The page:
The legacy of the London 2012 Olympic Games
The Queen Elizabeth Olympic Park in Stratford, London, was built especially for the London 2012 Olympic Games. It is a place that holds extremely fond memories for us. This is because we were both performers in the spectacular Opening Ceremony of the Olympic Games. Unlike many host cities throughout the years, London always had a plan for the park. Five years later, the area is still thriving. The huge Westfield Stratford shopping centre continues to bring crowds in huge numbers. On top of this, the improved transport links make it an easy place to visit.
The iconic Orbit tower has adapted to provide a giant slide and abseiling, adding to its observation tower. West Ham United have moved into the Olympic Stadium, which is still used for world class athletics and big-name concerts. The Aquatics Centre is still host to huge swimming events, and offers leisure swims in the pool that Michael Phelps made history in. The VeloPark is a huge centre for cycling to this day. What’s more, the land that hosted so many people during the Games has become the largest urban park created in Western Europe for over 150 years. Wetland habitats, and native plants have been implemented to give it a whole new lease of life.
The information centre has great free trails to follow
Start your journey at the Queen Elizabeth Olympic Park information centre, where you can pick up some trail leaflets to follow. One is called the London 2012 Trail, and we definitely recommend doing this. It is supposed to take an hour, but please do leave yourself extra time to see the sights and explore. The best trail, however, comes in a large and free book, and is called Art In The Park. This is a trail of the artworks that have been created for the park. This one will take two hours or more. It starts with the trees with metal rings around them that you may recall from the Olympics. A walk down to the canal brings you to the crayola crayon like steles that boats can use to moor up on.
Continuing around the back of the Aquatics Centre takes you to a poem cut out of wood, and a large mural created from tiles on the wall of a power station. Another features some metal with punched out holes creating the illusion of hand-drawn lines. Walking past the Orbit, with its ultra-cool slide, you’ll see a pixel wall. It is made from coloured pieces of wood that can be turned around by anyone to create whatever you see fit. Many people have written on the cubes. Back down to the canal side, you see a few of the fifty benches that have random facts on them. One states the fact that the person you love is made up of mostly water!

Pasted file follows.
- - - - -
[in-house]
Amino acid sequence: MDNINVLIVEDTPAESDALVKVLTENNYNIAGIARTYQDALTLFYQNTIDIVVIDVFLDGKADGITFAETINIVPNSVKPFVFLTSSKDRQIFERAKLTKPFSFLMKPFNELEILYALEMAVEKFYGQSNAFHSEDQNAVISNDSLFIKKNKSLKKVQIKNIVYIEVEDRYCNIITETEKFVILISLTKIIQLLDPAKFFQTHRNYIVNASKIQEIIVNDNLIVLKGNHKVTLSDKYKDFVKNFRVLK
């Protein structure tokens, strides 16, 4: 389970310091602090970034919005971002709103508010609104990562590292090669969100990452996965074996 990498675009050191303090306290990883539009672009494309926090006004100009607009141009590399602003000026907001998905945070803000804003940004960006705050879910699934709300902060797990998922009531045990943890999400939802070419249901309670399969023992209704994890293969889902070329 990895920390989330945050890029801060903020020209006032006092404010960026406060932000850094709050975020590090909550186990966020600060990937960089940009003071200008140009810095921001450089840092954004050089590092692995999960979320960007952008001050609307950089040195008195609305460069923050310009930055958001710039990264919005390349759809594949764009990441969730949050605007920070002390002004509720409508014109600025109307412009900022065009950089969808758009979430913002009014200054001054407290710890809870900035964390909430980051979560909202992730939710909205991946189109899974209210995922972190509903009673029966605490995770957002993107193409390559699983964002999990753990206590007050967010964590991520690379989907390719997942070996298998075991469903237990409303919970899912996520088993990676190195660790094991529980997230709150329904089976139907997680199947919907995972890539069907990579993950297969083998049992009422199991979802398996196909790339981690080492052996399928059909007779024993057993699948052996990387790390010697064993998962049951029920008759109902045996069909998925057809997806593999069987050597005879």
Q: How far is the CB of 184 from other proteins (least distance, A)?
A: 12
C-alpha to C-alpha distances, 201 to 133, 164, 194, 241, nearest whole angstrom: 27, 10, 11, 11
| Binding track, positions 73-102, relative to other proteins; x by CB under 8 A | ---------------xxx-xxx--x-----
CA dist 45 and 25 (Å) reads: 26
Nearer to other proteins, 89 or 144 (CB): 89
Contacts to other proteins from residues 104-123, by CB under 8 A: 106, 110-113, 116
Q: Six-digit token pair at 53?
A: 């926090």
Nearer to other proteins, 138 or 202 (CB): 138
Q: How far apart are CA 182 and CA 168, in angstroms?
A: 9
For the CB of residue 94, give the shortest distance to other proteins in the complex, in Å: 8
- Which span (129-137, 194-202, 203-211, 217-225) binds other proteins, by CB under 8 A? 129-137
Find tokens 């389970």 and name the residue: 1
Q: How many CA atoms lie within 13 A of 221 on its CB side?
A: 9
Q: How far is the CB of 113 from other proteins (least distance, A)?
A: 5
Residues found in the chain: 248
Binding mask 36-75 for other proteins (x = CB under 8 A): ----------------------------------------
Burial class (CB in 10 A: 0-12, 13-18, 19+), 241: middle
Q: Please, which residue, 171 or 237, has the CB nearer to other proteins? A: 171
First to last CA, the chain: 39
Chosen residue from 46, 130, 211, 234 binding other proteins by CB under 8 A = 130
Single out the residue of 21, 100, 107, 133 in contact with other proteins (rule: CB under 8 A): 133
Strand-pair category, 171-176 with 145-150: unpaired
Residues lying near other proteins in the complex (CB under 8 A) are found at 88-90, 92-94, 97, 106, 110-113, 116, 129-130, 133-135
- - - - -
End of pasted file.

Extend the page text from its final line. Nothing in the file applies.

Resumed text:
The Olympic Rings are still here!
A wall with little metal things coming out of it supposedly represents the fingerprints of the people that helped create it. The poppies are still here, and look great! Past the Stadium, be sure to stop briefly at Mandeville Place. Apples are now apparently grown here. Head onwards to the Copper Box Arena, with its iconic Run sculpture outside. When we visited, some guys were playing ping pong either side of the ‘U’! It is nice to see they still have the large Olympic and Paralympic logos up that we enjoyed getting photos with during the Games.
Crossing a bridge over a busy new road, with its spiral imagery on the floor, you come to a really cool play area. You’ll find a weird tree thing, rope bridge, and even a swing hanging from the rope bridge! There are a couple of artworks that are supposed to be places to hide or explore. However, they don’t really seem to offer much in that regard. Climbing a hill near the Velodrome brings you to a small camera obscura. You surely have to be ten feet tall to see through it though! After posing with the Olympic rings, check out a piece of art on a security fence called LFO Spectrum. It supposedly changes appearance throughout the day with the light. Nearby is a poem about Eton Manor, our changing area for the Opening Ceremony.
A romantic day out in East London
A psychedelic underpass leads back to the main road, where you can see the last couple of pieces. Firstly, words from Ulysses written on some stones outside a school. Then, a mirror labyrinth in the centre of a small park area. We hope you get to visit the Queen Elizabeth Olympic Park – a fantastic place for a date in any weather. Especially so when it is sunny! Whether or not you have fond memories of London 2012, the park has plenty to do for all couples. Check out some other romantic things to do in East London here.
Have you been to the Queen Elizabeth Olympic Park? Maybe you came to the Olympics and wondered what became of it?